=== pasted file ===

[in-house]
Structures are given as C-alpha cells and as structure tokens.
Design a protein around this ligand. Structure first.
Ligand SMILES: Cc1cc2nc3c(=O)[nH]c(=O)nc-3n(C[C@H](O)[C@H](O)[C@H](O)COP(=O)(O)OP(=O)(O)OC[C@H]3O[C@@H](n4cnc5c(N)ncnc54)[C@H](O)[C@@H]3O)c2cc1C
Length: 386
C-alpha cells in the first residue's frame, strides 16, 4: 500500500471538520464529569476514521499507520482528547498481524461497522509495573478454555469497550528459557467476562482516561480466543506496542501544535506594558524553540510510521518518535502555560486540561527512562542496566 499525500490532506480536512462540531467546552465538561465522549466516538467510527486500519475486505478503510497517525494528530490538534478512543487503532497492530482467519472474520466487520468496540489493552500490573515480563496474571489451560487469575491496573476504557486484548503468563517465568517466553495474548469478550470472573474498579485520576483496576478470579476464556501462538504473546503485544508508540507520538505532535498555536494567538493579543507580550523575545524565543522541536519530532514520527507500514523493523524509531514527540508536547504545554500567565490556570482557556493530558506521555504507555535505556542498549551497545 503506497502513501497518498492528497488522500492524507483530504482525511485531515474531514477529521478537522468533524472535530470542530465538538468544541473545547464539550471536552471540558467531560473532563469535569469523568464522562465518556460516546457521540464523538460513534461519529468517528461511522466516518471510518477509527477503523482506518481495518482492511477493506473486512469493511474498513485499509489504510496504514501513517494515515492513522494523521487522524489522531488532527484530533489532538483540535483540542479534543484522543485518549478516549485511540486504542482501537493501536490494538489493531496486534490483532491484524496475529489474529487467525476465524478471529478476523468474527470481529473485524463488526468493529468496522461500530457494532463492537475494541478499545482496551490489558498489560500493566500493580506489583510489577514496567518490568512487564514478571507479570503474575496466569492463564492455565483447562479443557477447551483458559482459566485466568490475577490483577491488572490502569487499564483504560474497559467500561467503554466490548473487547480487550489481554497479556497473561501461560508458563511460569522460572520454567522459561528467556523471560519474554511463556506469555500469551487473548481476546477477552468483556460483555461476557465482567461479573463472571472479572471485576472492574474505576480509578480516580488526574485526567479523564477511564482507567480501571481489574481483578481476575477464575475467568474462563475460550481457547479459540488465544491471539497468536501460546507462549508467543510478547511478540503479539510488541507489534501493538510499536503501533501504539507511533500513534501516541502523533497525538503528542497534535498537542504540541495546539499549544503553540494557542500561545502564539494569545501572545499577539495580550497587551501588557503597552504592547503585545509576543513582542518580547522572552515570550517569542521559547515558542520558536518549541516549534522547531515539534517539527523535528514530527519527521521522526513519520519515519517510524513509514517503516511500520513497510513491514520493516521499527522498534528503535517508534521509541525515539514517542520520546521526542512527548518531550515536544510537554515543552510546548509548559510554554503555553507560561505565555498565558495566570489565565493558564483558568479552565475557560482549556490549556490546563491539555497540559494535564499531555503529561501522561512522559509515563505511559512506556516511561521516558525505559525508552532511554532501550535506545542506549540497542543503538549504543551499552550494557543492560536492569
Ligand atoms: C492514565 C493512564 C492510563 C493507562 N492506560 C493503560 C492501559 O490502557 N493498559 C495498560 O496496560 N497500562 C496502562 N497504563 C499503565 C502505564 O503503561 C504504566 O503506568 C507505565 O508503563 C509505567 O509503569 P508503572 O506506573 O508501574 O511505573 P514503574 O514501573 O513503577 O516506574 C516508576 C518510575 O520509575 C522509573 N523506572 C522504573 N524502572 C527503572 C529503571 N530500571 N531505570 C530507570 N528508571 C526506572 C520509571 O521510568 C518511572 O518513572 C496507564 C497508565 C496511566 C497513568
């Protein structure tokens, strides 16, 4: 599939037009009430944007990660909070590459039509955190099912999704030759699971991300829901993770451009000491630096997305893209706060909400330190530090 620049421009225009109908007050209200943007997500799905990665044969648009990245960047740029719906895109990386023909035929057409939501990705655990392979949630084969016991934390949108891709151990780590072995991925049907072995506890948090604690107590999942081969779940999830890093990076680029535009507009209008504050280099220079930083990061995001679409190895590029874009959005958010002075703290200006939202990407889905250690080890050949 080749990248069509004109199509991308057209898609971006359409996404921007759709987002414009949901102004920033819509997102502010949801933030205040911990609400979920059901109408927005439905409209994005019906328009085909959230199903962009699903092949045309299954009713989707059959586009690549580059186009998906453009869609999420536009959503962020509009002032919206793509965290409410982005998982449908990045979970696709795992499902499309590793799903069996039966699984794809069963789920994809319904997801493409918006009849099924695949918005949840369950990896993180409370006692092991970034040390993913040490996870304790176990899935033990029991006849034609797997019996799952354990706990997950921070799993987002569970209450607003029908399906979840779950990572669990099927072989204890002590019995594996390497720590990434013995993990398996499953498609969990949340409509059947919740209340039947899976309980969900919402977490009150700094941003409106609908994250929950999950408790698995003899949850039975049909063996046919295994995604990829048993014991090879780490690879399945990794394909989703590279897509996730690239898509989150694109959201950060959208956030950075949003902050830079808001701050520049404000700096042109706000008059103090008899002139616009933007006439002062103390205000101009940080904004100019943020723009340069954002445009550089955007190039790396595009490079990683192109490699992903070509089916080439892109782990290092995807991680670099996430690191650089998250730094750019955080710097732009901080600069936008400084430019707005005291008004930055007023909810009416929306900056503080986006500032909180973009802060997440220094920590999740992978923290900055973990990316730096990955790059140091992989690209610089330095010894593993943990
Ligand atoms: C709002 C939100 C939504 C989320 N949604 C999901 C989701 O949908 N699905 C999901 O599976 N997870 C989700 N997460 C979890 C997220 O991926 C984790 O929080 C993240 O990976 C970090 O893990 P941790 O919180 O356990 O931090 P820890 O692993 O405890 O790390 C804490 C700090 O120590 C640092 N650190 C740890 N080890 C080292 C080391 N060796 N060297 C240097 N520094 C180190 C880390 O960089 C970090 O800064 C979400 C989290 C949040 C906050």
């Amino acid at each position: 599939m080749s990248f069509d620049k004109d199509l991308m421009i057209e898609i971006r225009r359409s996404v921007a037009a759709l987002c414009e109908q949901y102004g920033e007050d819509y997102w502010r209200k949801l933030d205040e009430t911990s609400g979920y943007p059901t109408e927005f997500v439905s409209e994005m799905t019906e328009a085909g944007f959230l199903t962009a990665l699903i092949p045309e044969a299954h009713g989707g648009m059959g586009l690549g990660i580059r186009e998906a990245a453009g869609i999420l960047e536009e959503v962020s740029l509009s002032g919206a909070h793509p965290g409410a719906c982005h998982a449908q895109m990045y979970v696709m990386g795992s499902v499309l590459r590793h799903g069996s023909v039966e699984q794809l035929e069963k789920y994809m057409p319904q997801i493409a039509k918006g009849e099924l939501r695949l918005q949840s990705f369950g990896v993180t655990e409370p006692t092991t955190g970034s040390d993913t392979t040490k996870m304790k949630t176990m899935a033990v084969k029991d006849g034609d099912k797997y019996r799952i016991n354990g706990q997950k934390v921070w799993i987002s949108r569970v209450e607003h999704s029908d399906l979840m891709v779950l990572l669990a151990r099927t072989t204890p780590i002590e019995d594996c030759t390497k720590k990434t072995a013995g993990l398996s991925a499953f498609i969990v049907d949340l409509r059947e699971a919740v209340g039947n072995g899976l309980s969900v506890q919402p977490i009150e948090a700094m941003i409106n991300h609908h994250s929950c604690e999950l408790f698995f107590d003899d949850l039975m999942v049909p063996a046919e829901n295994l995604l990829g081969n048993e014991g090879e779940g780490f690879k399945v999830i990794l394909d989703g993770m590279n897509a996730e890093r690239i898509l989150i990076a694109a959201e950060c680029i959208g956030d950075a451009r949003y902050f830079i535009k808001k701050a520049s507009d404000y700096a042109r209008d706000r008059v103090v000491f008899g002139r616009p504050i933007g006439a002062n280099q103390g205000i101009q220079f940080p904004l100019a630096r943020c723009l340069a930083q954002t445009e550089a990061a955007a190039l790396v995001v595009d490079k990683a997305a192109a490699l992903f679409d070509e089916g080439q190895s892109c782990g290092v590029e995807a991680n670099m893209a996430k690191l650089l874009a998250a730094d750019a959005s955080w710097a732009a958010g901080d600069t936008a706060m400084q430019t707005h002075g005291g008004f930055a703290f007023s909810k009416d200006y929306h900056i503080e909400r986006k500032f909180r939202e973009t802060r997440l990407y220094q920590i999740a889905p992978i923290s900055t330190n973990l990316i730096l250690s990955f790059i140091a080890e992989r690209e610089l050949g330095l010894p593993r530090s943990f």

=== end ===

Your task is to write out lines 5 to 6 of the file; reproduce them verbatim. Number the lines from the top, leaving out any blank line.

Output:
Length: 386
C-alpha cells in the first residue's frame, strides 16, 4: 500500500471538520464529569476514521499507520482528547498481524461497522509495573478454555469497550528459557467476562482516561480466543506496542501544535506594558524553540510510521518518535502555560486540561527512562542496566 499525500490532506480536512462540531467546552465538561465522549466516538467510527486500519475486505478503510497517525494528530490538534478512543487503532497492530482467519472474520466487520468496540489493552500490573515480563496474571489451560487469575491496573476504557486484548503468563517465568517466553495474548469478550470472573474498579485520576483496576478470579476464556501462538504473546503485544508508540507520538505532535498555536494567538493579543507580550523575545524565543522541536519530532514520527507500514523493523524509531514527540508536547504545554500567565490556570482557556493530558506521555504507555535505556542498549551497545 503506497502513501497518498492528497488522500492524507483530504482525511485531515474531514477529521478537522468533524472535530470542530465538538468544541473545547464539550471536552471540558467531560473532563469535569469523568464522562465518556460516546457521540464523538460513534461519529468517528461511522466516518471510518477509527477503523482506518481495518482492511477493506473486512469493511474498513485499509489504510496504514501513517494515515492513522494523521487522524489522531488532527484530533489532538483540535483540542479534543484522543485518549478516549485511540486504542482501537493501536490494538489493531496486534490483532491484524496475529489474529487467525476465524478471529478476523468474527470481529473485524463488526468493529468496522461500530457494532463492537475494541478499545482496551490489558498489560500493566500493580506489583510489577514496567518490568512487564514478571507479570503474575496466569492463564492455565483447562479443557477447551483458559482459566485466568490475577490483577491488572490502569487499564483504560474497559467500561467503554466490548473487547480487550489481554497479556497473561501461560508458563511460569522460572520454567522459561528467556523471560519474554511463556506469555500469551487473548481476546477477552468483556460483555461476557465482567461479573463472571472479572471485576472492574474505576480509578480516580488526574485526567479523564477511564482507567480501571481489574481483578481476575477464575475467568474462563475460550481457547479459540488465544491471539497468536501460546507462549508467543510478547511478540503479539510488541507489534501493538510499536503501533501504539507511533500513534501516541502523533497525538503528542497534535498537542504540541495546539499549544503553540494557542500561545502564539494569545501572545499577539495580550497587551501588557503597552504592547503585545509576543513582542518580547522572552515570550517569542521559547515558542520558536518549541516549534522547531515539534517539527523535528514530527519527521521522526513519520519515519517510524513509514517503516511500520513497510513491514520493516521499527522498534528503535517508534521509541525515539514517542520520546521526542512527548518531550515536544510537554515543552510546548509548559510554554503555553507560561505565555498565558495566570489565565493558564483558568479552565475557560482549556490549556490546563491539555497540559494535564499531555503529561501522561512522559509515563505511559512506556516511561521516558525505559525508552532511554532501550535506545542506549540497542543503538549504543551499552550494557543492560536492569